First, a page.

Effective talent management, according to Diane Locke, encompasses strategies and systems to improve processes for recruiting, developing, and retaining people with required competencies to meet current and future strategic objectives. To determine the right people for the right roles, it is important to break down silos and recognize the potential of employees across the organization, and this is not an easy task.

Diane recognizes that it is challenging to obtain executive support for talent management, but it is also increasingly critical that this support is developed. In addition, adjusting HR processes to effectively support talent management is difficult, but necessary. A talent management plan requires performance evaluation frameworks that are well defined, with clear measurement of outcomes. Discussions during the IRC’s November 2011 program revealed that several of the participants are not integrating competencies into performance evaluation. Moving forward, the IRC will continue to emphasize the need for creating and implementing performance evaluation frameworks in its talent management programming.

Knowledge transfer is not a new concept for organizations; however, the importance of drawing on employees’ collective tacit and explicit knowledge will continue to increase as a large percentage of managers and knowledge workers approach retirement age. Feedback from supervisors, mentoring, and coaching within organizations are becoming increasingly critical development strategies. It is important for staff members to have targeted development plans in place, but few organizations are actually promoting the importance of transparency and clear communication in their talent management planning and succession planning practices. According to Diane, organizations need to develop their talent through strategies other than just formal training. For example, emphasizing action learning, mentoring, peer mentoring, and reverse mentoring. Diane urges organizations to think outside the box when considering the development (or perhaps redevelopment) of their talent management strategies.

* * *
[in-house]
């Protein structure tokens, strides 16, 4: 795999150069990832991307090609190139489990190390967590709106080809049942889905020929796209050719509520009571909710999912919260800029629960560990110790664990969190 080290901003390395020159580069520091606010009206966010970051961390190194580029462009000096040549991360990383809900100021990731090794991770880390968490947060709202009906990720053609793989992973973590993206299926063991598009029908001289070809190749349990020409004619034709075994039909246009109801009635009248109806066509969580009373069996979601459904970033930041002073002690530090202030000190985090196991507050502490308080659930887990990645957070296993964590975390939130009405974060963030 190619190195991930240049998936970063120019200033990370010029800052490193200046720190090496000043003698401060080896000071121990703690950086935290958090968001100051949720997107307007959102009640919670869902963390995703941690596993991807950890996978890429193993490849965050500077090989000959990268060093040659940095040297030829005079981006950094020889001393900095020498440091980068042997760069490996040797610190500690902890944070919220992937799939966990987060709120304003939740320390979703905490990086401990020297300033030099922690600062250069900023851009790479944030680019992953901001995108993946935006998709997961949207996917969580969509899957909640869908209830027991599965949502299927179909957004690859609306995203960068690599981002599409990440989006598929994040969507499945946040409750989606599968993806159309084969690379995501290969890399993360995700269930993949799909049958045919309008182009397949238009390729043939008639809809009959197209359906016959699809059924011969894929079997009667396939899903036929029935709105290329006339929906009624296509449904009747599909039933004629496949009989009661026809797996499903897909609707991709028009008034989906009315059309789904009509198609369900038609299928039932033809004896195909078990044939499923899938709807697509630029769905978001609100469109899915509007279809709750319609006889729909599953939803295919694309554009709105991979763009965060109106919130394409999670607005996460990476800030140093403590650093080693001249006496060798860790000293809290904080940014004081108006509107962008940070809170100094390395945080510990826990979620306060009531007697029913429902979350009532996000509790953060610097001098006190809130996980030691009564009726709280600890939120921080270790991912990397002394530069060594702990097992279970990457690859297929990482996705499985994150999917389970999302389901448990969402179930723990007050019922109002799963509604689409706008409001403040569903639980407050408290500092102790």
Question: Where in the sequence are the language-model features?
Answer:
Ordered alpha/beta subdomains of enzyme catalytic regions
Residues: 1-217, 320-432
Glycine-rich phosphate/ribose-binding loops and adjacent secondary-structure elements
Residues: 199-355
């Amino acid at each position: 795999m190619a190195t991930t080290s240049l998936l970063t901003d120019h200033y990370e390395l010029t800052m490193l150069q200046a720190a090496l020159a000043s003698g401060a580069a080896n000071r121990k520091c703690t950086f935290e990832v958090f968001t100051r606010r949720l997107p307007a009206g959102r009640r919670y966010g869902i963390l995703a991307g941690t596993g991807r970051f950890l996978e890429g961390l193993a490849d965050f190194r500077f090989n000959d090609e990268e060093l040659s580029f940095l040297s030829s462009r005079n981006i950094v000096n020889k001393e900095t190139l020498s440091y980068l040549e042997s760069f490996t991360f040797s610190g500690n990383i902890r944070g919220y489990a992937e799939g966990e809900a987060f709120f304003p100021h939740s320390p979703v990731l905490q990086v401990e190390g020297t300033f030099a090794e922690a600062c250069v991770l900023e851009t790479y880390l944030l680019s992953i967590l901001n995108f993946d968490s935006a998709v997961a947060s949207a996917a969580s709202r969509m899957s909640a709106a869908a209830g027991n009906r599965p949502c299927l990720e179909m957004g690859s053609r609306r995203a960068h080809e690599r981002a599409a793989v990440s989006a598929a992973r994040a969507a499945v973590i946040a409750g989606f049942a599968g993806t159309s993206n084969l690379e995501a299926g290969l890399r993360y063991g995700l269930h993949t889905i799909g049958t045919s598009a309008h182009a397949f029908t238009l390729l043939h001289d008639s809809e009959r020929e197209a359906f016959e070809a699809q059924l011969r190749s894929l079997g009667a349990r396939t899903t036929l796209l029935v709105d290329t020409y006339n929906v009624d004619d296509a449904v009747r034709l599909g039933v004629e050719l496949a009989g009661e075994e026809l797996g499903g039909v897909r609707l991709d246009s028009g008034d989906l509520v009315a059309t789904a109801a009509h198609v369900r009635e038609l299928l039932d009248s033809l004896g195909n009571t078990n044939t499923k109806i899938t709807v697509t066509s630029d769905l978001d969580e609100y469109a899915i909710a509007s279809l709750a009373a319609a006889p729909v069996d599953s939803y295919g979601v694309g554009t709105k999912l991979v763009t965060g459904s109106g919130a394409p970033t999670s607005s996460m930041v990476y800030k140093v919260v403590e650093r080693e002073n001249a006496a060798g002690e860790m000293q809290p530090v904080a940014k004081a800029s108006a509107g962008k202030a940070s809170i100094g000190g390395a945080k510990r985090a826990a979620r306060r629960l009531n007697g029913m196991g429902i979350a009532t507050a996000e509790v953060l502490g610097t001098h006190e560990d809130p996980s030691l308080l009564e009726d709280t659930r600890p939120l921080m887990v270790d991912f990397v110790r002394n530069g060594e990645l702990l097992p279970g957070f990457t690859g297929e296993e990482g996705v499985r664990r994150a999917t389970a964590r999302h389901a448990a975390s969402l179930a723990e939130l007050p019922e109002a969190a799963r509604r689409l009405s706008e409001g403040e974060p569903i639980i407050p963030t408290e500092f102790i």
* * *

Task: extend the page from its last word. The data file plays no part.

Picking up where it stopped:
The Liquor Control Board of Ontario (LCBO) has developed and launched some particularly innovative and noteworthy formal mentoring programs. In my conversation with Bob Andrews, Manager, Retail Succession Planning, at the LCBO, he talked about how the organization is forward thinking when it comes to talent management. Recognizing that a significant number of senior employees will soon be retiring, the LCBO has established a mentoring program that allows “new employees to have a built in network where they can learn the ropes. The mentoring program allows for relationship building and trust, leading to knowledge transfer in a supportive environment.”

Like the LCBO, ATCO Power realizes the need to develop and retain high potential talent. According to Trevor Adams, Senior Manager, Talent Management, ATCO Power, ATCO has recently articulated its employee value proposition on its corporate website, choosing to clearly communicate to current and prospective employees the organization’s core beliefs and values; what the organization can offer to employees and its community involvement (refer to: Trevor spoke about how talent management is critical to business success. The tools and resources provided in the IRC’s programming provide HR professionals with concrete resources to inform their work. Trevor cited the Succession Slate as a pragmatic and useful tool that he has already reviewed and compared to the succession chart currently in place in his organization.

To close, a prevailing theme in my conversations with participants is that too often HR professionals lack validation that their talent management strategies are rigorous and well designed. The IRC’s talent management programming reaffirmed in the minds of the participants with whom I spoke that while they are doing things right when it comes to talent management, there is still room for improvement. A realization for Kevin Judge, Learning and Development Leader, MD Physician Services, was that talent management is “not rocket science and doesn’t need to be intimidating for organizations to tackle.” The relevant, practical material, time for group discussions, networking, and learning resulted in a positive learning experience for many of the participants with whom I spoke. Kevin described the IRC’s Talent Management program as “an absolutely great program. It provides a holistic view of the concept of talent management, accurately and effectively integrating all components.” Doug Miron, Senior OD and Learning Consultant, Holland Bloorview Kids Rehabilitation Hospital, referred to the programming as “good value for money; an excellent addition to the Queen’s IRC learning suite.”

On behalf of the IRC, I would like to acknowledge and thank Diane, and the Talent Management program participants who spoke with me about their IRC experience: Trevor Adams, Bob Andrews, Doug Miron, and Kevin Judge. Your thoughtful insights are greatly appreciated.

For more information on the topic of talent management, we suggest that you peruse Diane Locke’s 2011 article, Talent Management, Beyond the Buzzwords.

This site is protected by reCAPTCHA and the Google Privacy Policy and Terms of Service apply.